The volume is split into five sections, the first being “The Alt-Right in Context,” featuring essays by Gregory Hood, Collin Liddell, and Sam Dickson. Hood’s essay, the best of the three and one of the best in the volume, is “The New Kulaks: Whites as an Enemy Class.” The piece offers an excellent overview of the increasingly anti-White public discourse — summed up in Hood’s observation that “the word ‘White’ has become an insult.” The meme of ‘White privilege,’ “impervious to evidence and ultimately unfalsifiable,” is given considerable attention. Hood has a talent for magnificent turns of phrase (“Modern progressive ideology is a cargo cult masquerading as a critique of power”), as well as a talent for considered observation. He is particularly strong in explaining how our strengths have been transmuted into weaknesses by changes in culture. He notes, for example, that “as power in the media age is secured by seizing the mantle of victimhood, this inner fortitude of Whites constitutes a political disadvantage.” Whites, argues Hood, are essentially the new kulaks — a maligned class that is being slowly pulled apart before being scheduled for destruction.
In “A Normie’s Guide to the Alt-Right,” Colin Liddell offers the volume’s most informal and light-hearted contribution. The central focus of the piece is the truth that perceived political dichotomies between ‘conservative’ and ‘liberal’ parties throughout the West are largely false, and that both “factions” are in fact wholly in sync with the central goals of leftist globalism. And leftist globalism, argues Liddell, “is sick and degenerative, both in demographic and economic terms and any individual or group that deems itself healthy — or which values health — must reject it.” He concludes with an attempt to offer “Normies” a more nuanced portrayal of the Alt-Right than the one-dimensional caricature they find in the mainstream media:
The Alt-Right is both message and medium, both substance and form. Those inspired by it gravitate to different aspects of it, and participate with different levels of consciousness and involvement…Alt-righters are, in the final telling, people with vastly different talents, insights, circumstances, and methods, organizing around a set of incontrovertible truths.
Sam Dickson offers a comparative essay on the changes he perceives to have taken place in American nationalism during his 55-year movement career. This is a predictably exceptional and inspiring essay from one of the most eloquent communicators among us, and one of my personal favorites from the volume. Dickson explains his personal connections to individuals “who were actively involved in the passage of the National Origins Act to preserve our national character in the 1920s,” before succinctly charting the progress of the movement up to the present. Most interesting is his section on “Characteristics of the New Generation,” where he notes that younger ethnic nationalists are “not hostile to Europe,” are “not enchanted with economic explanations of history,” are less inclined to believe in reform within the System, and “have embraced Wilmot Robertson’s idea of the ethnostate as a solution for beleaguered Whites.” Dickson also notes that the younger generation is “much more broadly based” than at any time in the past, and that movement members “are of a much higher human quality than the rank and file of my generation.” I found it particularly pleasurable to see Dickson dispense with niceties at the end of his essay and let some anger shine through:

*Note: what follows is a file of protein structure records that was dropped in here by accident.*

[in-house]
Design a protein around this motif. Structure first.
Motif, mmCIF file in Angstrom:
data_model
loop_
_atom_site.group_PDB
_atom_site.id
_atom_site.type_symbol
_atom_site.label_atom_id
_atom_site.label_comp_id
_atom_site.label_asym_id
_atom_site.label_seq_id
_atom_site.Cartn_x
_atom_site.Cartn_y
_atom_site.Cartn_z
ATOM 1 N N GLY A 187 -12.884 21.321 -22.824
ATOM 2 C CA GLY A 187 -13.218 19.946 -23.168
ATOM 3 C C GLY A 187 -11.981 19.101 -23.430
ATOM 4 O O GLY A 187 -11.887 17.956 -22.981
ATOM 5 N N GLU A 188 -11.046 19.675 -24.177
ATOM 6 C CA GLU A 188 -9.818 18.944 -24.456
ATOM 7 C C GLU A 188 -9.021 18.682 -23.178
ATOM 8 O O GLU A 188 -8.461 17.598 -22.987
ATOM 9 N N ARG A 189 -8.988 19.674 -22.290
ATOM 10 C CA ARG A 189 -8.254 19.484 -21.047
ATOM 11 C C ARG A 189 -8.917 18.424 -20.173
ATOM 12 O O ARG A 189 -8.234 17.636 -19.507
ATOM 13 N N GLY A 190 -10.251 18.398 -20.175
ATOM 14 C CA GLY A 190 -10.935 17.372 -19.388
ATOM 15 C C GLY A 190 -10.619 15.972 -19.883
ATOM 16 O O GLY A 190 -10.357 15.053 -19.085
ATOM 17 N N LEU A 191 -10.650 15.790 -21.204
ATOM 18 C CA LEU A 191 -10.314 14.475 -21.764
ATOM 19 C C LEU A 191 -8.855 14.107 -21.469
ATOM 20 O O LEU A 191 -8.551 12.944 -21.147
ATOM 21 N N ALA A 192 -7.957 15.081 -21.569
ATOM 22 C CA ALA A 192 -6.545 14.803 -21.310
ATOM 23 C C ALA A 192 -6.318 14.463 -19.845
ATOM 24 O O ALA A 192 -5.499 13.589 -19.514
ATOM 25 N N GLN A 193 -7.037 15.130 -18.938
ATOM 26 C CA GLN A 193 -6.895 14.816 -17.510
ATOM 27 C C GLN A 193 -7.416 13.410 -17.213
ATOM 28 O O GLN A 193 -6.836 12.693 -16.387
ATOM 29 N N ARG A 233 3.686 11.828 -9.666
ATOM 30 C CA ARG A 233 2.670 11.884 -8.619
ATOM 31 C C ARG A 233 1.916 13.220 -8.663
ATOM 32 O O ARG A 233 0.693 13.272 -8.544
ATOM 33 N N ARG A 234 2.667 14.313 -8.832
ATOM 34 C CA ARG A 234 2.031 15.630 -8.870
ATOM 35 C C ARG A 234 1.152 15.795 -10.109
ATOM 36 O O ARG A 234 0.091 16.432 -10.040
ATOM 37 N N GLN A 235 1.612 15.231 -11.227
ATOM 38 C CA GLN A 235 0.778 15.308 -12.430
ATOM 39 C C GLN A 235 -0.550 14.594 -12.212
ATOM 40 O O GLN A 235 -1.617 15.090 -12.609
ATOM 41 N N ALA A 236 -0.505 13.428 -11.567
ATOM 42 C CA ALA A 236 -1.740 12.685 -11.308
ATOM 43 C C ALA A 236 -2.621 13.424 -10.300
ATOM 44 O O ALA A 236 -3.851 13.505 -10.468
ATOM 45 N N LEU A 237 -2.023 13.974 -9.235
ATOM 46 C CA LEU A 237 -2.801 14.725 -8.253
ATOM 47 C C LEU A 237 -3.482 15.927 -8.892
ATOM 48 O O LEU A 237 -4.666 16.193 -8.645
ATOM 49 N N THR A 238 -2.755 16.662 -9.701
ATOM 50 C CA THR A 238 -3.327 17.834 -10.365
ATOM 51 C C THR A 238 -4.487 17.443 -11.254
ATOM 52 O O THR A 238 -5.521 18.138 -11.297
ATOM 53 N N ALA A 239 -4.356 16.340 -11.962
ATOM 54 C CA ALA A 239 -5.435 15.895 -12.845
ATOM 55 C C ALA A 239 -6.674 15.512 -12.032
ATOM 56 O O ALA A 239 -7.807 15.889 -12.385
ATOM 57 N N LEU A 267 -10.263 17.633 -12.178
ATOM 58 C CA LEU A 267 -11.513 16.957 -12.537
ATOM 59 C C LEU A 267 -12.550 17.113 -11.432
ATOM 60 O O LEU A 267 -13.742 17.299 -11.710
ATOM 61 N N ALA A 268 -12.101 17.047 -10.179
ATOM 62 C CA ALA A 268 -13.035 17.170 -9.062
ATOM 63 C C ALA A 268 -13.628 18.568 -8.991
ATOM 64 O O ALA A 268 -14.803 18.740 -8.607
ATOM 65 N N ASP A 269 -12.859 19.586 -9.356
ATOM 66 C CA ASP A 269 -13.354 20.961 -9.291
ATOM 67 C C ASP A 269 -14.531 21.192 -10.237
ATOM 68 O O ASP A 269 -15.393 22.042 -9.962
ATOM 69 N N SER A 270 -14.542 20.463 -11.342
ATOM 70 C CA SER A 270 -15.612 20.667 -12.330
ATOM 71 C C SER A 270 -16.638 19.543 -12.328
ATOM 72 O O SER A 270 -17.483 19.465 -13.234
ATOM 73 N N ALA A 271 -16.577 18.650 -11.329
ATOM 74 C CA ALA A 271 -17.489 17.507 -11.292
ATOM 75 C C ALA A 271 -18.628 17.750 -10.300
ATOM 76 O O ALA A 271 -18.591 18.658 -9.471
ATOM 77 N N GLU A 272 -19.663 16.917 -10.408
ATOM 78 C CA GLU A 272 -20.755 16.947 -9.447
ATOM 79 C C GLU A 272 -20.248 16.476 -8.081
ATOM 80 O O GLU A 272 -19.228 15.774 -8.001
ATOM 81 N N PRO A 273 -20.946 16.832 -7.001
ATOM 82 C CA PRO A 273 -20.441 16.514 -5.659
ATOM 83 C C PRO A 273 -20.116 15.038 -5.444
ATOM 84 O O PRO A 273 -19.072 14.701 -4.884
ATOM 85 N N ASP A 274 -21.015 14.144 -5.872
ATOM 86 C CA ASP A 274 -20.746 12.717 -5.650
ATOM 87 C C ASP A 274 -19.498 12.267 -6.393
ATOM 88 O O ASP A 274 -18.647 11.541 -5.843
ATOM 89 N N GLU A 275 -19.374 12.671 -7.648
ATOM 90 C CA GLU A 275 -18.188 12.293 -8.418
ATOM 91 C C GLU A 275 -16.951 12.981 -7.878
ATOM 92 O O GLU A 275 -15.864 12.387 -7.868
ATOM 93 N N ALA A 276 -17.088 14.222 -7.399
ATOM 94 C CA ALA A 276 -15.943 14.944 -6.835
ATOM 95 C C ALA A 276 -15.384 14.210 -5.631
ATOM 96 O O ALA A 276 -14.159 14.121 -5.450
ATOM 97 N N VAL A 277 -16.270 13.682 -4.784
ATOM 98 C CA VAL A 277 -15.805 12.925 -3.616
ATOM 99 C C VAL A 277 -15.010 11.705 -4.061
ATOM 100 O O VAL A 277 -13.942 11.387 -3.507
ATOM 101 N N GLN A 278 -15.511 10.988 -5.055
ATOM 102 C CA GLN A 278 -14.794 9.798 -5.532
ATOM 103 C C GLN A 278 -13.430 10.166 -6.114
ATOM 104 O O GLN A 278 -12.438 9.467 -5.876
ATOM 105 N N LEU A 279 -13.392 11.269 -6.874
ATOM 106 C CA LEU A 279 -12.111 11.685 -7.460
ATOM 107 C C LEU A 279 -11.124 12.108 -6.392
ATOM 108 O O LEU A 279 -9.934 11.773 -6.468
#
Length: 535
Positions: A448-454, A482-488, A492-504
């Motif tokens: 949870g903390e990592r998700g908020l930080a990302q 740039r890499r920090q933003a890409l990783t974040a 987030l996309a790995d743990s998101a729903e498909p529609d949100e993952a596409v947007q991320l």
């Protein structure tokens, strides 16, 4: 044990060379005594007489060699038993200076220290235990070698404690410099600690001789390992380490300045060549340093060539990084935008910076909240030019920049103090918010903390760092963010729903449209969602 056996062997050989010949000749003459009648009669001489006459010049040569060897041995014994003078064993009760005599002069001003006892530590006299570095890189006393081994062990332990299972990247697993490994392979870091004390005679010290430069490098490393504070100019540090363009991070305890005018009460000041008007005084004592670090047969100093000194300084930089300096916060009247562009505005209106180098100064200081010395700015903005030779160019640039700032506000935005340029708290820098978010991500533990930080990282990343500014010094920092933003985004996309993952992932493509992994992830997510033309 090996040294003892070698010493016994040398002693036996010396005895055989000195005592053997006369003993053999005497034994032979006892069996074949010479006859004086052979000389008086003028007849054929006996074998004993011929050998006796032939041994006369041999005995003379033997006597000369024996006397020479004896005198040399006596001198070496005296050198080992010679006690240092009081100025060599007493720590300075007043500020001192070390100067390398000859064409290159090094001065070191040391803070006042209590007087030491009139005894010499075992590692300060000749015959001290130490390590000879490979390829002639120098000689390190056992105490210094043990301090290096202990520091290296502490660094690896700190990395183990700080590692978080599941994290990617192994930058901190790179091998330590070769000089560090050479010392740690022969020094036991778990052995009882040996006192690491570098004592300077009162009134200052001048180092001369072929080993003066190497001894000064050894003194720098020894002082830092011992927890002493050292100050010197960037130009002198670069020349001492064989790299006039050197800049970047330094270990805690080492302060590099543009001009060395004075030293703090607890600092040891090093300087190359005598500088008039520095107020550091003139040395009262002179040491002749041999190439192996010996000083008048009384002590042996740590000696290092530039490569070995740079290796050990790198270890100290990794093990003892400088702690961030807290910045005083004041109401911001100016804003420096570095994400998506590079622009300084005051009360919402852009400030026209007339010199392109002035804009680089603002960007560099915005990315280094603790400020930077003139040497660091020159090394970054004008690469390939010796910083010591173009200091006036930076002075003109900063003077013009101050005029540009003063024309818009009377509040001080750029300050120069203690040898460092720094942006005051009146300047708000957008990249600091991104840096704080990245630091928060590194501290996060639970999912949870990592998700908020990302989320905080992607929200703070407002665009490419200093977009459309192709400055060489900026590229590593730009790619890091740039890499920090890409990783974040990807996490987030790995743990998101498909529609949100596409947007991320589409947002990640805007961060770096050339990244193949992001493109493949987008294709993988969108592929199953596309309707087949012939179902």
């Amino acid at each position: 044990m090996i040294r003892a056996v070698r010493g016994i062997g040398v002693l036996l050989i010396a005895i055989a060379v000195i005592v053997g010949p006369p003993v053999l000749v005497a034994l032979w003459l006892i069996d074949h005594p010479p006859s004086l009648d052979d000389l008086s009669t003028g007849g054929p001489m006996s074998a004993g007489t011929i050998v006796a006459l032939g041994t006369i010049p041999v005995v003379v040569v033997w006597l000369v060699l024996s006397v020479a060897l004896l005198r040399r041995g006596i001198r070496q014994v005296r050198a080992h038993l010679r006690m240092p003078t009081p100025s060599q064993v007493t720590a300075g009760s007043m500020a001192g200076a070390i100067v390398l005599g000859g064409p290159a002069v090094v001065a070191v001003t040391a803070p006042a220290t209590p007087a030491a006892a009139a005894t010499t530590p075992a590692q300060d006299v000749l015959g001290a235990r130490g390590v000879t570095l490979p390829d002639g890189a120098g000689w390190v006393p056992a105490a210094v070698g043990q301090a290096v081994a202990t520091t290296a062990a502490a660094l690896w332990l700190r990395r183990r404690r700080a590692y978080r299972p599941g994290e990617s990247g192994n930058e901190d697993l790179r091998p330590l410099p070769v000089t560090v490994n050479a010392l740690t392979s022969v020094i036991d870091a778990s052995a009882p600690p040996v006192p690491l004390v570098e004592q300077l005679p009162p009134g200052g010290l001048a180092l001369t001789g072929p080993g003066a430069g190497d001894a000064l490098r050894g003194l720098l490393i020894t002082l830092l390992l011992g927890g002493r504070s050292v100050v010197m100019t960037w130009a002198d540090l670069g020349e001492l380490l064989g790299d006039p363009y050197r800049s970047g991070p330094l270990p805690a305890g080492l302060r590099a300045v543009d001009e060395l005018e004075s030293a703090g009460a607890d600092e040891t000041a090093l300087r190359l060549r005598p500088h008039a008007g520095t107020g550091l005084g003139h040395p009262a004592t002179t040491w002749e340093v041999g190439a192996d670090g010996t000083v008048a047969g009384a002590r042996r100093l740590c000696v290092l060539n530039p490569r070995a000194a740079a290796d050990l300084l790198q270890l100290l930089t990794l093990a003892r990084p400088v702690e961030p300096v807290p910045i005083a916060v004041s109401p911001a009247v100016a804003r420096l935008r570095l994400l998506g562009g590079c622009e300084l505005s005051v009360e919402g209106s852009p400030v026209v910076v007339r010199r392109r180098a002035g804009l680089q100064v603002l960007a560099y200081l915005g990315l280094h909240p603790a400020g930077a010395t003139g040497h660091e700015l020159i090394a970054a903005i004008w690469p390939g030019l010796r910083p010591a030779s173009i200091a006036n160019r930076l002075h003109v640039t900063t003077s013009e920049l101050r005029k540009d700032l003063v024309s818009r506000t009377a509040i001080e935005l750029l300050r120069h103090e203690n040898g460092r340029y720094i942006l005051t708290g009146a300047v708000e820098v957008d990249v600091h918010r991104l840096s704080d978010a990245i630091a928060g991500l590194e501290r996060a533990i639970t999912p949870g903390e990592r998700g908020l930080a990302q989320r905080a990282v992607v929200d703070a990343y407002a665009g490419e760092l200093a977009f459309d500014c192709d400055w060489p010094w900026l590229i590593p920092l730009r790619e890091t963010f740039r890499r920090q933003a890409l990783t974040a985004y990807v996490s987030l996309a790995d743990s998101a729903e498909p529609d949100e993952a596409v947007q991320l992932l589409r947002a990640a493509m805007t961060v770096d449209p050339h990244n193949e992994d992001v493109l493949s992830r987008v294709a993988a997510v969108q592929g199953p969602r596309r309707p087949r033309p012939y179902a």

The current so-called elite consists of jumped-up White trash composed heavily of sociopathic individualists devoid of any instinct of loyalty and whose psychological hard-wiring simultaneously makes them the perfect collaborators with our enemies and also makes it impossible for them to ever be citizens of our ethnostate. We can write off most of the ruling one percent of our race.
The second section of the book, “Personal Perspectives,” contains one of the volume’s standout essays, a gripping and profound account of Charlottesville from Evan McLaren. Just a few months after graduating from law school, McLaren took on a senior position at NPI and thus found himself at the heart of the Alt-Right – “the most threatening political heresy of the present day.” McLaren’s account of the preparations leading up to the Unite the Right rally, as well as his very personal experience of police betrayal, chaos, and violence on the day is presented in a play-by-play format that culminates with McLaren, Richard Spencer, and their close associates, exhausted and depleted, gazing at the TV screen in their hotel rooms as the media hatchet job began. To his credit, McLaren hasn’t produced a narrative built on self-pity, or doom and gloom. Ultimately his message is one of calm resolve and hardened determination. For this reason alone, I found it inspiring.
The second section continues with two relatively short but worthwhile essays by Melissa Mészáros and Marcus Follin, better known by his YouTube moniker “The Golden One.” In “Lessons from Homeless Feminists,” Mészáros offers anecdotes of her boyfriend’s Hungarian grandmother as a counter-proposition to the arguments of feminists. The juxtaposition of images of the happy old woman surrounded by grandchildren and great-grandchildren, and those of bitter, childless feminists comforting themselves only with a series of ideological clichés, is quite powerful, but light-hearted enough to offer some relief from the more serious fare covered thus far. In a similar vein, Follin’s anti-pornography piece, “Cut Off the Path of Retreat,” is interesting without being too intellectually involved, and conveys an important message in terms of male self-improvement — an increasingly prominent aspect of Alt-Right culture.